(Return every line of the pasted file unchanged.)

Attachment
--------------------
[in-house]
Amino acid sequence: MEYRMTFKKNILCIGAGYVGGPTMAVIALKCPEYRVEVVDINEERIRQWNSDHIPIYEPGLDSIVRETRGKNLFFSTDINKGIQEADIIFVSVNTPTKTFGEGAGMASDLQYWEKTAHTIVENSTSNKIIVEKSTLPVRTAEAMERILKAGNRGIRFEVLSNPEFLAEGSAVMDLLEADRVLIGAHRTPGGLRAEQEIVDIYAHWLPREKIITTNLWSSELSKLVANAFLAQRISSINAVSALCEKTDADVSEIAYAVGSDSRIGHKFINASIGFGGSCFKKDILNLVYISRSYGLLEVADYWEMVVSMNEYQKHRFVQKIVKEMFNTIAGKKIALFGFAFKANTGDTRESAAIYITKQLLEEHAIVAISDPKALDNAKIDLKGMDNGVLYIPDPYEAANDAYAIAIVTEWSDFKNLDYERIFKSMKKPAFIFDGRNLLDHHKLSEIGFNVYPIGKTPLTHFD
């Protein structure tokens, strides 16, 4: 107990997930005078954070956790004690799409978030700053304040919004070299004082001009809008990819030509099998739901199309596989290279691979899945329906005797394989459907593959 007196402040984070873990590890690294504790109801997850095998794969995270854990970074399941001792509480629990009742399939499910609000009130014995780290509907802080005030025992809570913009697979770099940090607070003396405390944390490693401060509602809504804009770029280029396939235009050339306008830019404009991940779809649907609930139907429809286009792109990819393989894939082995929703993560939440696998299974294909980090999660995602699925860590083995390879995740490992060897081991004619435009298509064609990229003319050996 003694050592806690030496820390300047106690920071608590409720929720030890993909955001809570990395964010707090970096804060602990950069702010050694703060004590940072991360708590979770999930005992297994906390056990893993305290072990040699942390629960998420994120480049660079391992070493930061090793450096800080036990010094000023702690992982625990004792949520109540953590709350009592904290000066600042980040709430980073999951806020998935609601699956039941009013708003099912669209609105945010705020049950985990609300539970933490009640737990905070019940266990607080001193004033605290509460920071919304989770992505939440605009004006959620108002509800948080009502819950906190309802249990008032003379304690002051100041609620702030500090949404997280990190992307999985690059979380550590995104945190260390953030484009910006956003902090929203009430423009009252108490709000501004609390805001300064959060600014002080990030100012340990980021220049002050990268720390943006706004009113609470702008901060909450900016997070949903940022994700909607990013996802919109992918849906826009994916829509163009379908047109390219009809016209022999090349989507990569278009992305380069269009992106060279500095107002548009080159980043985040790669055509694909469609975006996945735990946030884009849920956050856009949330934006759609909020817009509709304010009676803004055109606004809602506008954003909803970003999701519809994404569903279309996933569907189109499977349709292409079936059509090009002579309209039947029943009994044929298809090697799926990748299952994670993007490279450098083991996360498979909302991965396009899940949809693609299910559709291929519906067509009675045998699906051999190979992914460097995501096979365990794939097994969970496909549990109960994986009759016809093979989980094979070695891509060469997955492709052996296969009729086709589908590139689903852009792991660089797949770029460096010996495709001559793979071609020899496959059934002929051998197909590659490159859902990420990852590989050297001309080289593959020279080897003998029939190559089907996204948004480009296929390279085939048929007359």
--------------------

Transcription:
[in-house]
Amino acid sequence: MEYRMTFKKNILCIGAGYVGGPTMAVIALKCPEYRVEVVDINEERIRQWNSDHIPIYEPGLDSIVRETRGKNLFFSTDINKGIQEADIIFVSVNTPTKTFGEGAGMASDLQYWEKTAHTIVENSTSNKIIVEKSTLPVRTAEAMERILKAGNRGIRFEVLSNPEFLAEGSAVMDLLEADRVLIGAHRTPGGLRAEQEIVDIYAHWLPREKIITTNLWSSELSKLVANAFLAQRISSINAVSALCEKTDADVSEIAYAVGSDSRIGHKFINASIGFGGSCFKKDILNLVYISRSYGLLEVADYWEMVVSMNEYQKHRFVQKIVKEMFNTIAGKKIALFGFAFKANTGDTRESAAIYITKQLLEEHAIVAISDPKALDNAKIDLKGMDNGVLYIPDPYEAANDAYAIAIVTEWSDFKNLDYERIFKSMKKPAFIFDGRNLLDHHKLSEIGFNVYPIGKTPLTHFD
């Protein structure tokens, strides 16, 4: 107990997930005078954070956790004690799409978030700053304040919004070299004082001009809008990819030509099998739901199309596989290279691979899945329906005797394989459907593959 007196402040984070873990590890690294504790109801997850095998794969995270854990970074399941001792509480629990009742399939499910609000009130014995780290509907802080005030025992809570913009697979770099940090607070003396405390944390490693401060509602809504804009770029280029396939235009050339306008830019404009991940779809649907609930139907429809286009792109990819393989894939082995929703993560939440696998299974294909980090999660995602699925860590083995390879995740490992060897081991004619435009298509064609990229003319050996 003694050592806690030496820390300047106690920071608590409720929720030890993909955001809570990395964010707090970096804060602990950069702010050694703060004590940072991360708590979770999930005992297994906390056990893993305290072990040699942390629960998420994120480049660079391992070493930061090793450096800080036990010094000023702690992982625990004792949520109540953590709350009592904290000066600042980040709430980073999951806020998935609601699956039941009013708003099912669209609105945010705020049950985990609300539970933490009640737990905070019940266990607080001193004033605290509460920071919304989770992505939440605009004006959620108002509800948080009502819950906190309802249990008032003379304690002051100041609620702030500090949404997280990190992307999985690059979380550590995104945190260390953030484009910006956003902090929203009430423009009252108490709000501004609390805001300064959060600014002080990030100012340990980021220049002050990268720390943006706004009113609470702008901060909450900016997070949903940022994700909607990013996802919109992918849906826009994916829509163009379908047109390219009809016209022999090349989507990569278009992305380069269009992106060279500095107002548009080159980043985040790669055509694909469609975006996945735990946030884009849920956050856009949330934006759609909020817009509709304010009676803004055109606004809602506008954003909803970003999701519809994404569903279309996933569907189109499977349709292409079936059509090009002579309209039947029943009994044929298809090697799926990748299952994670993007490279450098083991996360498979909302991965396009899940949809693609299910559709291929519906067509009675045998699906051999190979992914460097995501096979365990794939097994969970496909549990109960994986009759016809093979989980094979070695891509060469997955492709052996296969009729086709589908590139689903852009792991660089797949770029460096010996495709001559793979071609020899496959059934002929051998197909590659490159859902990420990852590989050297001309080289593959020279080897003998029939190559089907996204948004480009296929390279085939048929007359």